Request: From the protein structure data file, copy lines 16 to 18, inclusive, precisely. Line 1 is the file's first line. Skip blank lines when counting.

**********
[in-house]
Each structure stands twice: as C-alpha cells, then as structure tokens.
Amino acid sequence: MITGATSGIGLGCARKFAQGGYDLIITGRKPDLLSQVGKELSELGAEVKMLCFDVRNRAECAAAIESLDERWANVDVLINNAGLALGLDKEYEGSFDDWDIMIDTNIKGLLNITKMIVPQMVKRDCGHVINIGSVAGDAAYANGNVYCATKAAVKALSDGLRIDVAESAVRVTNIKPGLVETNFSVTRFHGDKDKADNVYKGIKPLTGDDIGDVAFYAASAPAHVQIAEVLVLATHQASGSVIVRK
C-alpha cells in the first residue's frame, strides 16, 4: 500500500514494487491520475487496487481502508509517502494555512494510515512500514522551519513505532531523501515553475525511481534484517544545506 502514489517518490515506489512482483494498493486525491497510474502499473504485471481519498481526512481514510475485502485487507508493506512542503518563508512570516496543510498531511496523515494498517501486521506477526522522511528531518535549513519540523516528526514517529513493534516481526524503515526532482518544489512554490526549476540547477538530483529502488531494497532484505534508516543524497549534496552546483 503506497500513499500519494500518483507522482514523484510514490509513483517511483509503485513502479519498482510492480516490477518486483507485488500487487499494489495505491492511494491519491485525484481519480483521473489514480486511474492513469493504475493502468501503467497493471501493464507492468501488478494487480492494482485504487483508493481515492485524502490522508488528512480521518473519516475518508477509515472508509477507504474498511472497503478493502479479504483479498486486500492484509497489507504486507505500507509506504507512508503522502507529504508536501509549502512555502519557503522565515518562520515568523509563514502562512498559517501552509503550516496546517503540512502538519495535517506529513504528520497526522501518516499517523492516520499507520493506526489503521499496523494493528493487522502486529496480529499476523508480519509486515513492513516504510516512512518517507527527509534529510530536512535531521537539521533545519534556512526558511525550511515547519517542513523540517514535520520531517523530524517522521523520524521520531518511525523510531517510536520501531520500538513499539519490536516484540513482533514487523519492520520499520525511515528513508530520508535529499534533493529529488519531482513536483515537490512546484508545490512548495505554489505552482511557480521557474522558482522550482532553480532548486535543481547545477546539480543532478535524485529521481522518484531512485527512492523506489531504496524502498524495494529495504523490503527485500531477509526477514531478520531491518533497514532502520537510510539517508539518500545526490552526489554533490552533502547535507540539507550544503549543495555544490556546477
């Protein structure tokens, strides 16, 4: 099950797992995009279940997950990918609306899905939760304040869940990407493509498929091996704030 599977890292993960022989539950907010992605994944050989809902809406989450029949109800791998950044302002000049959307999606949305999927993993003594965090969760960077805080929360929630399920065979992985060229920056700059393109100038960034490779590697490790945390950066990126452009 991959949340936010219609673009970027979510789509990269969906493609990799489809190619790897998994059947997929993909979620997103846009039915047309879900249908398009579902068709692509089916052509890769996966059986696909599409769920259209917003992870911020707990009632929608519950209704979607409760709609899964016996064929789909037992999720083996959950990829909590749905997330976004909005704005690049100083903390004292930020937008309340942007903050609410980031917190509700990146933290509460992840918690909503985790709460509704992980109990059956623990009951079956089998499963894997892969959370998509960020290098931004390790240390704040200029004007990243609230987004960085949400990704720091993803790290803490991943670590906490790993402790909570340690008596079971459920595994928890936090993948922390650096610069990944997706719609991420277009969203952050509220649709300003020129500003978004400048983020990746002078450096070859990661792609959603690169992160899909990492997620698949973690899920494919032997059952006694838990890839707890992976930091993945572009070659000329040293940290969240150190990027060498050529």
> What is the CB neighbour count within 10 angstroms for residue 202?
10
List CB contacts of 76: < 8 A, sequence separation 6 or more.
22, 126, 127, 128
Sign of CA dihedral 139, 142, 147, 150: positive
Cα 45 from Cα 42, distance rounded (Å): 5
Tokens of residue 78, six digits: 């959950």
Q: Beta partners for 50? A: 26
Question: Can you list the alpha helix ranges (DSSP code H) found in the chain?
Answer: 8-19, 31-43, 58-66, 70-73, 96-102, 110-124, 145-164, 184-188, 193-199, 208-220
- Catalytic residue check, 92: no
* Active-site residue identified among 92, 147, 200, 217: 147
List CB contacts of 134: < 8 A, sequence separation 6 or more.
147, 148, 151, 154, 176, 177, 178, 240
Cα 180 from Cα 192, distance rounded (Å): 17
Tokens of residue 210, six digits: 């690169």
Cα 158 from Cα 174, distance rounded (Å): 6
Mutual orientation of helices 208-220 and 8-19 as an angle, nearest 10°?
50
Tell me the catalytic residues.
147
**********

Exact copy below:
- Catalytic residue check, 92: no
* Active-site residue identified among 92, 147, 200, 217: 147
List CB contacts of 134: < 8 A, sequence separation 6 or more.